4. #4
    You ae braver than I am. I walk to work, but I still own a car. I try to drive at least once a week but its more like once every other week.

    I salute you!

  5. #5
    Cyburbian Plus
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    Quote Originally posted by Tranplanner View post
    I do the dorky thing and just tuck my pants into my socks...
    I do that, too, and it's not dorky, it's a fashion statement.

  6. #6
    Cyburbian wahday's avatar
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    I've never even heard of this bike, but looking into it, I am thoroughly intrigued. And its actually not that pricey, either...

    Thanks for the endorsement!
    The purpose of life is a life of purpose

  7. #7
    Member
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    I was thinking of getting one as my personal bike. And it's not that expensive at all.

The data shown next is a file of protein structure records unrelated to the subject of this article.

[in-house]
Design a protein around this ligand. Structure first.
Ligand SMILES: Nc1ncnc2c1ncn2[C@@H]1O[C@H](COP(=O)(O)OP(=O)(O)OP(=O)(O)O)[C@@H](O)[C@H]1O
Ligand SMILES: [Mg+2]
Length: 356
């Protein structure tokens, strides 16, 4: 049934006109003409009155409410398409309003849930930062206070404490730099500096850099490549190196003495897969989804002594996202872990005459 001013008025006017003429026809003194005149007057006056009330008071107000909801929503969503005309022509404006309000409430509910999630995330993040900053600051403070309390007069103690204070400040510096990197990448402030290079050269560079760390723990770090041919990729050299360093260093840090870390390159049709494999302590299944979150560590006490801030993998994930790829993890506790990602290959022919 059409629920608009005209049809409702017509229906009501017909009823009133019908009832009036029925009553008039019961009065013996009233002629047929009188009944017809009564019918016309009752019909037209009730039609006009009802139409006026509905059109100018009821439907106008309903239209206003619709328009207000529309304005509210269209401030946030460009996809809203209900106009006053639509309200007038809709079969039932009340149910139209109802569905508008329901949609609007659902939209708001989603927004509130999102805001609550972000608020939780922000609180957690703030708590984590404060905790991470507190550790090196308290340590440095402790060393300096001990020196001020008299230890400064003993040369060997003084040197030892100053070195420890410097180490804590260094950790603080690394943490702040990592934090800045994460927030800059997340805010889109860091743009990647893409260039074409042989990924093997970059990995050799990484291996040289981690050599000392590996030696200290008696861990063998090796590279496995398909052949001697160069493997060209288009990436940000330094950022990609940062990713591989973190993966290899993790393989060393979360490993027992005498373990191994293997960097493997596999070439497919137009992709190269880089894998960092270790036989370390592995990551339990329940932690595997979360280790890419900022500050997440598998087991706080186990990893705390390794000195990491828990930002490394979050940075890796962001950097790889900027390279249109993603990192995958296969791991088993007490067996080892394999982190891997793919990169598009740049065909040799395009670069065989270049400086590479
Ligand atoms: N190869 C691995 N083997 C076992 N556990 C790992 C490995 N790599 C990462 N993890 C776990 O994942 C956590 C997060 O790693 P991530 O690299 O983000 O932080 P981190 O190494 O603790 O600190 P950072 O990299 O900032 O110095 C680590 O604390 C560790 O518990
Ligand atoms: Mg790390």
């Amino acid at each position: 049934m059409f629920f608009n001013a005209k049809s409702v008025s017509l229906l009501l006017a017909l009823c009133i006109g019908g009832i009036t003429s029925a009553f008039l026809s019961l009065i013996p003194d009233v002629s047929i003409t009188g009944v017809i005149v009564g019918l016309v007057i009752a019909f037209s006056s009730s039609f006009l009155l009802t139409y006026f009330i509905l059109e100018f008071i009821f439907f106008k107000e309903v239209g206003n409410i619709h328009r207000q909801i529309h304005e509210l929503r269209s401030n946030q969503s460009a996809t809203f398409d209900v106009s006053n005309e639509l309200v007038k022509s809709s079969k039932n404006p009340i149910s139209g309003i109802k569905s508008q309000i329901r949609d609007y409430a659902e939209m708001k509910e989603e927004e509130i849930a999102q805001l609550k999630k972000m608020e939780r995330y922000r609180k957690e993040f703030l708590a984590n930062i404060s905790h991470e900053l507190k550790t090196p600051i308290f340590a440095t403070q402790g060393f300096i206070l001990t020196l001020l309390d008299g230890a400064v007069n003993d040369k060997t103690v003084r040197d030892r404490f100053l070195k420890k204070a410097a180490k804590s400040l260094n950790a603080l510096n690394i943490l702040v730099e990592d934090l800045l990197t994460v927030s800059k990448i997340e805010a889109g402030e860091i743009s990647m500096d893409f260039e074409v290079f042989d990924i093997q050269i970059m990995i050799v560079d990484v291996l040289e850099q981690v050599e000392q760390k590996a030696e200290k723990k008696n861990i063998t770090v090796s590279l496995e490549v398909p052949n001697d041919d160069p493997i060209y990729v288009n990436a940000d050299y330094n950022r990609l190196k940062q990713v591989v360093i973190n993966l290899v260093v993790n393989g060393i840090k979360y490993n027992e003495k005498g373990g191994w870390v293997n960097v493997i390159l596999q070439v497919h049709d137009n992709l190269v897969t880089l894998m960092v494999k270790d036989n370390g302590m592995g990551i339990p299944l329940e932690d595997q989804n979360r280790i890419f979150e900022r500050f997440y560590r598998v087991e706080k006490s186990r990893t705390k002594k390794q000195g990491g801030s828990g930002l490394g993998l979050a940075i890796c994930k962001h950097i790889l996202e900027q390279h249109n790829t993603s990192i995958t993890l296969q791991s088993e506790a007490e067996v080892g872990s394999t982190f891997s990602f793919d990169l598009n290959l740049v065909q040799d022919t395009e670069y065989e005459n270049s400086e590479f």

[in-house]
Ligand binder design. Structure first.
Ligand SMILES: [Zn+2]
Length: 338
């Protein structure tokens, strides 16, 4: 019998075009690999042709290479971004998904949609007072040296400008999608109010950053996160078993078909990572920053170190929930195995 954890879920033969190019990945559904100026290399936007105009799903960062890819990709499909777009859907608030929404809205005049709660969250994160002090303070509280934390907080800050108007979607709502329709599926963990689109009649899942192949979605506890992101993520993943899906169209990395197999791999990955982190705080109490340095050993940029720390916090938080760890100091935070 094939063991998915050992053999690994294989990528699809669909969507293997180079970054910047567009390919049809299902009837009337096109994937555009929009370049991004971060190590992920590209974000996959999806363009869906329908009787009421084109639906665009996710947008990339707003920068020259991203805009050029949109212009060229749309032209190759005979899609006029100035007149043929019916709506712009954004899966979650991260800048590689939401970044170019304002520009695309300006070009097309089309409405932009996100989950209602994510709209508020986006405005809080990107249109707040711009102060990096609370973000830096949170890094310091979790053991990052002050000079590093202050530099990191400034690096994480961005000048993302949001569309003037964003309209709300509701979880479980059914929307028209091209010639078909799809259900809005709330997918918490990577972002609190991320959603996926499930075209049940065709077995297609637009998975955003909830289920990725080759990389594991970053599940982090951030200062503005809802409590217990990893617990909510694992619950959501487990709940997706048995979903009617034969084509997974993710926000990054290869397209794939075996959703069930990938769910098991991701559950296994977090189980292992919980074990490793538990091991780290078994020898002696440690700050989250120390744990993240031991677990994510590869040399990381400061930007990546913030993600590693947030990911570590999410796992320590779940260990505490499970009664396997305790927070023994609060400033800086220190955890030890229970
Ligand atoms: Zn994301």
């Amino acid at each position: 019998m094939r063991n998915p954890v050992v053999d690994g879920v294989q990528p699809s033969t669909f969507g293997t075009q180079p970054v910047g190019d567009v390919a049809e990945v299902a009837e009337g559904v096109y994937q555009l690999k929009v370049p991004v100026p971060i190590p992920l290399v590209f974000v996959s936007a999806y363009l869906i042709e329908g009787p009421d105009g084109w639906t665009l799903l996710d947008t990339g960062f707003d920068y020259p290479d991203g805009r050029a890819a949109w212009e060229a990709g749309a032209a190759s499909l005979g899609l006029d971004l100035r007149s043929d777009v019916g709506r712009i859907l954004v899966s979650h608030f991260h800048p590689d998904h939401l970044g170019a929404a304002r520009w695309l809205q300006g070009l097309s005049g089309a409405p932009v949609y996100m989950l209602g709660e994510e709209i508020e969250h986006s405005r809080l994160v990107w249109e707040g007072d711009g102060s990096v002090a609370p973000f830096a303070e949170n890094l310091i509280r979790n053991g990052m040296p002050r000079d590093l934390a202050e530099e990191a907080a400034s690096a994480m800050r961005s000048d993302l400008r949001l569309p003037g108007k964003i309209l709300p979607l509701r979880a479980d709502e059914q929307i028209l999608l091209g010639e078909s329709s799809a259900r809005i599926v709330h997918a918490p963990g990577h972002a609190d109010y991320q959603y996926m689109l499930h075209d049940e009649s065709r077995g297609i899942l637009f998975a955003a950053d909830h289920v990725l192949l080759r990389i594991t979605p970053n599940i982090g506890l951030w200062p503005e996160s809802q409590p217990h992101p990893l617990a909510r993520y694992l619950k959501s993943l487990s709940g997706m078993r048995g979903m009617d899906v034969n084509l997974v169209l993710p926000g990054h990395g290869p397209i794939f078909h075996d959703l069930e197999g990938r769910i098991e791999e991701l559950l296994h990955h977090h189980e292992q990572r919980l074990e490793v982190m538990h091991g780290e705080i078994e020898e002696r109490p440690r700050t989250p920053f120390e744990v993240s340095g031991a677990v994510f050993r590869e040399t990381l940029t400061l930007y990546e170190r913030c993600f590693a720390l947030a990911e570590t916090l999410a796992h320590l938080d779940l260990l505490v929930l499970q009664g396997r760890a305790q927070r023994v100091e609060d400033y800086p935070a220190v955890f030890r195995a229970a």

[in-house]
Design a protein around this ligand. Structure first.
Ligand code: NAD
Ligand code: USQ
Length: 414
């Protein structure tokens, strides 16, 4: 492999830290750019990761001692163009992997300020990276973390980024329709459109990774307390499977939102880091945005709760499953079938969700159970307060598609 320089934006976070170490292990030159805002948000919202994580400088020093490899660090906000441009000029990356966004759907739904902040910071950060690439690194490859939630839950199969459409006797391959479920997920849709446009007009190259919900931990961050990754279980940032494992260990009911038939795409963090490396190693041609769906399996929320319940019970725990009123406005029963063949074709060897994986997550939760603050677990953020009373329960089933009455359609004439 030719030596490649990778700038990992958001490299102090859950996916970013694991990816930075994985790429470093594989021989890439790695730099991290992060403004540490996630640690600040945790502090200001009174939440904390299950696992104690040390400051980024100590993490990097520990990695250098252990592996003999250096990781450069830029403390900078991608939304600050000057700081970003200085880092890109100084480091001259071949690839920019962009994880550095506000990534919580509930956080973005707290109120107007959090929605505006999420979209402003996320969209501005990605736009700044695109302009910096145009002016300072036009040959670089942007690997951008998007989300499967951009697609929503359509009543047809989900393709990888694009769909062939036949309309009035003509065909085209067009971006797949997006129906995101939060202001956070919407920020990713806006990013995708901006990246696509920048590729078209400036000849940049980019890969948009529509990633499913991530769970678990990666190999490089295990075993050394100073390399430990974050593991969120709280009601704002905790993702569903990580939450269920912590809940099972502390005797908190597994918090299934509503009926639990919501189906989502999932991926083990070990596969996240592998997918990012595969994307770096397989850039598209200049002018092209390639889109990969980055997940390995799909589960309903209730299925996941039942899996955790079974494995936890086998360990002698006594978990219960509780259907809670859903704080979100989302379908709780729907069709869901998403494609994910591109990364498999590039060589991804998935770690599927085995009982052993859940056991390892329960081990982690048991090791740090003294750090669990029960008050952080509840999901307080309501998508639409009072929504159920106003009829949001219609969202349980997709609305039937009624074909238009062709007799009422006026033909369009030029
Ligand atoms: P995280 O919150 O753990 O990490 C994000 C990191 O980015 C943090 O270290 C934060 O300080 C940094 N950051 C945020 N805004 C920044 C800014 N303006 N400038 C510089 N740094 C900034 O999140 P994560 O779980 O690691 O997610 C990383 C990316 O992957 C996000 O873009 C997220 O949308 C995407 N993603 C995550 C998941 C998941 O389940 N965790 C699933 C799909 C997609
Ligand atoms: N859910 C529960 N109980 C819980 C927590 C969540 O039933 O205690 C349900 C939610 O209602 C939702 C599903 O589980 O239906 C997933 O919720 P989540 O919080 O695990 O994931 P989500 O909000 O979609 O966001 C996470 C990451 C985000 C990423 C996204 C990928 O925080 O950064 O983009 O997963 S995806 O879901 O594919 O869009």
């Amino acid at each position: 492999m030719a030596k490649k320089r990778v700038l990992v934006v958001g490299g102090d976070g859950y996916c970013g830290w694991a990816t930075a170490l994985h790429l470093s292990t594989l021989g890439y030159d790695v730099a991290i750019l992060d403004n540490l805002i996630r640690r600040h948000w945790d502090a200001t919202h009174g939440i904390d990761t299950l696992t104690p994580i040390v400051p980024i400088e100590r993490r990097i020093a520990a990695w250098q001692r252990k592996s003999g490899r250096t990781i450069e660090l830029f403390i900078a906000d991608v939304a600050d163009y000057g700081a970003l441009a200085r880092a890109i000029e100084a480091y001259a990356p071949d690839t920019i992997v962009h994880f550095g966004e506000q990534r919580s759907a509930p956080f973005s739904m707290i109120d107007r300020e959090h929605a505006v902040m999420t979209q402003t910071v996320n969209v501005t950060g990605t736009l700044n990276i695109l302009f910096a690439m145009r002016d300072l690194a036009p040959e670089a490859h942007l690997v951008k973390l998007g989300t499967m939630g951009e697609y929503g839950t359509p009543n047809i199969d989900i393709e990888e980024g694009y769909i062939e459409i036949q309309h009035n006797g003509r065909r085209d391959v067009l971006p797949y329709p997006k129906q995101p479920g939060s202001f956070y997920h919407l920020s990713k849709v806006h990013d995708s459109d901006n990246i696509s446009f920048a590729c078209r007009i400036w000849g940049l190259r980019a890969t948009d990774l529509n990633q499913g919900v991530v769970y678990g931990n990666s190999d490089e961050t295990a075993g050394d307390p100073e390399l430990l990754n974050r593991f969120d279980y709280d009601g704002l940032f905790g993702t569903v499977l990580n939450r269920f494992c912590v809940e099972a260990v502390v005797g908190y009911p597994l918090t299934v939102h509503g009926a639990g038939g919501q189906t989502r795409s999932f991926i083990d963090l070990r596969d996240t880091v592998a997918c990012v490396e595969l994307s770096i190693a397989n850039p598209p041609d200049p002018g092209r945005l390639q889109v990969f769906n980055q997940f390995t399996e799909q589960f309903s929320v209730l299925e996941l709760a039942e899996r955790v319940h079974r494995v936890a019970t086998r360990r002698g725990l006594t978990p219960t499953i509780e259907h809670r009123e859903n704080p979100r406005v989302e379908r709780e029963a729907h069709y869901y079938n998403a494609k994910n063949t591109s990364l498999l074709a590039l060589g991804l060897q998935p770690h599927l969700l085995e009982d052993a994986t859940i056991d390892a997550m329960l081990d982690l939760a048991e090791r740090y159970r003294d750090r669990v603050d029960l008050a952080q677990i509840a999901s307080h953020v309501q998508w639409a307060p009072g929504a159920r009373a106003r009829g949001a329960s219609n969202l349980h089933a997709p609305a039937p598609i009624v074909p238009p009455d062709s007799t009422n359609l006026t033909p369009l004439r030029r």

But I read reviews from some people that it took far more effort and force to ride than a normal chain-and-gears bike. They claimed that this technology isn't new at all, but the fact that it's inferior to the normal bike in terms of rider efficiency and effort make it nothing more than a novelty.

    And in a pretty hilly place like Bethlehem, PA, where riding a normal bike is enough effort already, I'd rather not go through any more hassles. On the downside, I did ruin a couple of pairs of pants already with the chain grease, although they were on their last legs anyway.

  8. #8
    Cyburbian WhenIGrowUp's avatar
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    It weighs 44 pounds? I thought my $100 K-Mart mountain bike -weighing in at a portly 28 lbs.- was a pig.

    Can't you buy a full chain guard to block the grease, or use less grease so there's less excess to fling off the chain?

  9. #9
    Cyburbian
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    May 2007
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    Portland, OR
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    Quote Originally posted by Seana View post